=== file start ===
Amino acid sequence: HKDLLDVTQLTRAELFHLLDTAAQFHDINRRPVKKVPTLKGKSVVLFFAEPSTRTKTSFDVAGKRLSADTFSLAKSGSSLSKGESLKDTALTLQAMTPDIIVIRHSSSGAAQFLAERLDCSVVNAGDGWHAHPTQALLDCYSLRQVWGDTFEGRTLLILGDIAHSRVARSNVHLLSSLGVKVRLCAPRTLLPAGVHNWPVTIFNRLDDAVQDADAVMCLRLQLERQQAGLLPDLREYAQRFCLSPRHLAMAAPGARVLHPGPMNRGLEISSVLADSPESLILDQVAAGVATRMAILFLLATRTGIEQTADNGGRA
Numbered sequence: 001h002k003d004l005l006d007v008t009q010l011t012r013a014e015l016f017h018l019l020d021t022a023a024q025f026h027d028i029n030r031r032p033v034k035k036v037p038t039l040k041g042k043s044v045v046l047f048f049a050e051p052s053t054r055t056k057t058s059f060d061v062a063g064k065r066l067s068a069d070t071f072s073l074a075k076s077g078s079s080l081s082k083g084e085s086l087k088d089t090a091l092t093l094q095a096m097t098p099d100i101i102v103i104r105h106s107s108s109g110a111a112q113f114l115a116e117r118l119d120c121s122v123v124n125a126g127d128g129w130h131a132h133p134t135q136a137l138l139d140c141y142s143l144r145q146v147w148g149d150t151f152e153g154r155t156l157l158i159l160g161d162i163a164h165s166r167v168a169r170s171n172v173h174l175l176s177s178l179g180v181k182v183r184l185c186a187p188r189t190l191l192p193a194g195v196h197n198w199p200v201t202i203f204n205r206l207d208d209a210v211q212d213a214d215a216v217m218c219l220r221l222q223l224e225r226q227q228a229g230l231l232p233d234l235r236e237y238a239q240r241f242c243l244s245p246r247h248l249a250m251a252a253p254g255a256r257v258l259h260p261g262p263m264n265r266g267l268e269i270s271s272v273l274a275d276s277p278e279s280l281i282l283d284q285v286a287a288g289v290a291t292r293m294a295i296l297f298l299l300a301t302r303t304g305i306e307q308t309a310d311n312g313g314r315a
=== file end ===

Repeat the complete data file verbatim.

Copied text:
Amino acid sequence: HKDLLDVTQLTRAELFHLLDTAAQFHDINRRPVKKVPTLKGKSVVLFFAEPSTRTKTSFDVAGKRLSADTFSLAKSGSSLSKGESLKDTALTLQAMTPDIIVIRHSSSGAAQFLAERLDCSVVNAGDGWHAHPTQALLDCYSLRQVWGDTFEGRTLLILGDIAHSRVARSNVHLLSSLGVKVRLCAPRTLLPAGVHNWPVTIFNRLDDAVQDADAVMCLRLQLERQQAGLLPDLREYAQRFCLSPRHLAMAAPGARVLHPGPMNRGLEISSVLADSPESLILDQVAAGVATRMAILFLLATRTGIEQTADNGGRA
Numbered sequence: 001h002k003d004l005l006d007v008t009q010l011t012r013a014e015l016f017h018l019l020d021t022a023a024q025f026h027d028i029n030r031r032p033v034k035k036v037p038t039l040k041g042k043s044v045v046l047f048f049a050e051p052s053t054r055t056k057t058s059f060d061v062a063g064k065r066l067s068a069d070t071f072s073l074a075k076s077g078s079s080l081s082k083g084e085s086l087k088d089t090a091l092t093l094q095a096m097t098p099d100i101i102v103i104r105h106s107s108s109g110a111a112q113f114l115a116e117r118l119d120c121s122v123v124n125a126g127d128g129w130h131a132h133p134t135q136a137l138l139d140c141y142s143l144r145q146v147w148g149d150t151f152e153g154r155t156l157l158i159l160g161d162i163a164h165s166r167v168a169r170s171n172v173h174l175l176s177s178l179g180v181k182v183r184l185c186a187p188r189t190l191l192p193a194g195v196h197n198w199p200v201t202i203f204n205r206l207d208d209a210v211q212d213a214d215a216v217m218c219l220r221l222q223l224e225r226q227q228a229g230l231l232p233d234l235r236e237y238a239q240r241f242c243l244s245p246r247h248l249a250m251a252a253p254g255a256r257v258l259h260p261g262p263m264n265r266g267l268e269i270s271s272v273l274a275d276s277p278e279s280l281i282l283d284q285v286a287a288g289v290a291t292r293m294a295i296l297f298l299l300a301t302r303t304g305i306e307q308t309a310d311n312g313g314r315a